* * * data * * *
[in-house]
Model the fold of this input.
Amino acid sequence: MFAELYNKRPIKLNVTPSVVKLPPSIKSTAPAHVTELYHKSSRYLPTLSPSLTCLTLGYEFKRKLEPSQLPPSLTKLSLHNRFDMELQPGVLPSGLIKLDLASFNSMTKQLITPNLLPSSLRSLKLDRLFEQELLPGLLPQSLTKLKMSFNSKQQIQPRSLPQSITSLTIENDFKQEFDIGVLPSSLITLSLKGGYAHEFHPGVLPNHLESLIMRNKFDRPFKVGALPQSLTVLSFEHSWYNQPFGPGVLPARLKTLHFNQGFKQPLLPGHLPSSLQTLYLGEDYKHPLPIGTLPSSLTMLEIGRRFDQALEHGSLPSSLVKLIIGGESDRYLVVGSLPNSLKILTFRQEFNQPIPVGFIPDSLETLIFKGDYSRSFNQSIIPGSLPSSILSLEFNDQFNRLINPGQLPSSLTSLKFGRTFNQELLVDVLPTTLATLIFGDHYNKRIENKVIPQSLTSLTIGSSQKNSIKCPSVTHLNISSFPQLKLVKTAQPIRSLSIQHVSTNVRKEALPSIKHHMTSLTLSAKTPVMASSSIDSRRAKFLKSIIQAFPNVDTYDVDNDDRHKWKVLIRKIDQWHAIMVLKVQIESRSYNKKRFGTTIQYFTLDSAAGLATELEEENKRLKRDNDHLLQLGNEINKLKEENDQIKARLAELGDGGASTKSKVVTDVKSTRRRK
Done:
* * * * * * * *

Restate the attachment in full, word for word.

[in-house]
Model the fold of this input.
Amino acid sequence: MFAELYNKRPIKLNVTPSVVKLPPSIKSTAPAHVTELYHKSSRYLPTLSPSLTCLTLGYEFKRKLEPSQLPPSLTKLSLHNRFDMELQPGVLPSGLIKLDLASFNSMTKQLITPNLLPSSLRSLKLDRLFEQELLPGLLPQSLTKLKMSFNSKQQIQPRSLPQSITSLTIENDFKQEFDIGVLPSSLITLSLKGGYAHEFHPGVLPNHLESLIMRNKFDRPFKVGALPQSLTVLSFEHSWYNQPFGPGVLPARLKTLHFNQGFKQPLLPGHLPSSLQTLYLGEDYKHPLPIGTLPSSLTMLEIGRRFDQALEHGSLPSSLVKLIIGGESDRYLVVGSLPNSLKILTFRQEFNQPIPVGFIPDSLETLIFKGDYSRSFNQSIIPGSLPSSILSLEFNDQFNRLINPGQLPSSLTSLKFGRTFNQELLVDVLPTTLATLIFGDHYNKRIENKVIPQSLTSLTIGSSQKNSIKCPSVTHLNISSFPQLKLVKTAQPIRSLSIQHVSTNVRKEALPSIKHHMTSLTLSAKTPVMASSSIDSRRAKFLKSIIQAFPNVDTYDVDNDDRHKWKVLIRKIDQWHAIMVLKVQIESRSYNKKRFGTTIQYFTLDSAAGLATELEEENKRLKRDNDHLLQLGNEINKLKEENDQIKARLAELGDGGASTKSKVVTDVKSTRRRK
Done: